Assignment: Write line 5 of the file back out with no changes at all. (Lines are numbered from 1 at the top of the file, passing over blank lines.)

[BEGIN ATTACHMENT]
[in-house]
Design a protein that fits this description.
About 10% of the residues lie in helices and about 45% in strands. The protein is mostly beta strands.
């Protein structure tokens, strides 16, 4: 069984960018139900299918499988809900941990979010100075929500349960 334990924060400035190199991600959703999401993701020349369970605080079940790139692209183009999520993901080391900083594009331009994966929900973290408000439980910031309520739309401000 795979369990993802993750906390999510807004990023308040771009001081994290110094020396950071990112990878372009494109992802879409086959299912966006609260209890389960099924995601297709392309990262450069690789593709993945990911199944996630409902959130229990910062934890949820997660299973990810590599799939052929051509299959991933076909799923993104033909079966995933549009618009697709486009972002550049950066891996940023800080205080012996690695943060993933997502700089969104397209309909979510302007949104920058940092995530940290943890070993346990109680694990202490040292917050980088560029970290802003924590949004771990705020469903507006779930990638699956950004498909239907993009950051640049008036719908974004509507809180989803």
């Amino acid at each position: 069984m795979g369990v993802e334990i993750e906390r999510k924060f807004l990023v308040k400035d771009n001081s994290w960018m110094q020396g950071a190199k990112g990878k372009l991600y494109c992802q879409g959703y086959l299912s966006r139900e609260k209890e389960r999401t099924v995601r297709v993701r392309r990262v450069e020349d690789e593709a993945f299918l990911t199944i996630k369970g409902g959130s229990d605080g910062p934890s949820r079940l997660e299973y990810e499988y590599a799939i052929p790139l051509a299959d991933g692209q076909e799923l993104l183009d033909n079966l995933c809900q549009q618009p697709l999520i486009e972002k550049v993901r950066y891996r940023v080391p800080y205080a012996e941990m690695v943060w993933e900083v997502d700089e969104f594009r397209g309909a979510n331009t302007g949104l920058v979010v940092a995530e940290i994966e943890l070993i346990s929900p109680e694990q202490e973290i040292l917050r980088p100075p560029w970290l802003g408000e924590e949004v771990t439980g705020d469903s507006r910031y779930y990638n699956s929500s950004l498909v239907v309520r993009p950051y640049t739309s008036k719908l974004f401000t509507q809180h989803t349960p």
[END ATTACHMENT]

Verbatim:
């Amino acid at each position: 069984m795979g369990v993802e334990i993750e906390r999510k924060f807004l990023v308040k400035d771009n001081s994290w960018m110094q020396g950071a190199k990112g990878k372009l991600y494109c992802q879409g959703y086959l299912s966006r139900e609260k209890e389960r999401t099924v995601r297709v993701r392309r990262v450069e020349d690789e593709a993945f299918l990911t199944i996630k369970g409902g959130s229990d605080g910062p934890s949820r079940l997660e299973y990810e499988y590599a799939i052929p790139l051509a299959d991933g692209q076909e799923l993104l183009d033909n079966l995933c809900q549009q618009p697709l999520i486009e972002k550049v993901r950066y891996r940023v080391p800080y205080a012996e941990m690695v943060w993933e900083v997502d700089e969104f594009r397209g309909a979510n331009t302007g949104l920058v979010v940092a995530e940290i994966e943890l070993i346990s929900p109680e694990q202490e973290i040292l917050r980088p100075p560029w970290l802003g408000e924590e949004v771990t439980g705020d469903s507006r910031y779930y990638n699956s929500s950004l498909v239907v309520r993009p950051y640049t739309s008036k719908l974004f401000t509507q809180h989803t349960p």